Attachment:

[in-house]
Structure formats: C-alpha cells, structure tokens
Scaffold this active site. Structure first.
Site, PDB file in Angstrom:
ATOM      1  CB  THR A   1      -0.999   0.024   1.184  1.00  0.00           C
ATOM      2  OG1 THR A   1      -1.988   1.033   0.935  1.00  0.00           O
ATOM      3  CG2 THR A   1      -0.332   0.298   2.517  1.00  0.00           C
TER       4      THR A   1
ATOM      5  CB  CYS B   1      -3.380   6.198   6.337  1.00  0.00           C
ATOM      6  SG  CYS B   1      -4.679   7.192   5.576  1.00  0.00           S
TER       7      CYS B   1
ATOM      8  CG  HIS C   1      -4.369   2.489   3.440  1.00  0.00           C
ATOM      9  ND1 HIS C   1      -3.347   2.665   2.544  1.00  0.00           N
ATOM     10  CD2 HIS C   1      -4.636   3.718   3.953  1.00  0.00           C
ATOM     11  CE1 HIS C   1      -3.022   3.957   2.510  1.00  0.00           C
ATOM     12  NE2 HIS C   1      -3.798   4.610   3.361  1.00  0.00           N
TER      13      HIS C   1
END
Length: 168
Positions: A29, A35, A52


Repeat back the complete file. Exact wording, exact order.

[in-house]
Structure formats: C-alpha cells, structure tokens
Scaffold this active site. Structure first.
Site, PDB file in Angstrom:
ATOM      1  CB  THR A   1      -0.999   0.024   1.184  1.00  0.00           C
ATOM      2  OG1 THR A   1      -1.988   1.033   0.935  1.00  0.00           O
ATOM      3  CG2 THR A   1      -0.332   0.298   2.517  1.00  0.00           C
TER       4      THR A   1
ATOM      5  CB  CYS B   1      -3.380   6.198   6.337  1.00  0.00           C
ATOM      6  SG  CYS B   1      -4.679   7.192   5.576  1.00  0.00           S
TER       7      CYS B   1
ATOM      8  CG  HIS C   1      -4.369   2.489   3.440  1.00  0.00           C
ATOM      9  ND1 HIS C   1      -3.347   2.665   2.544  1.00  0.00           N
ATOM     10  CD2 HIS C   1      -4.636   3.718   3.953  1.00  0.00           C
ATOM     11  CE1 HIS C   1      -3.022   3.957   2.510  1.00  0.00           C
ATOM     12  NE2 HIS C   1      -3.798   4.610   3.361  1.00  0.00           N
TER      13      HIS C   1
END
Length: 168
Positions: A29, A35, A52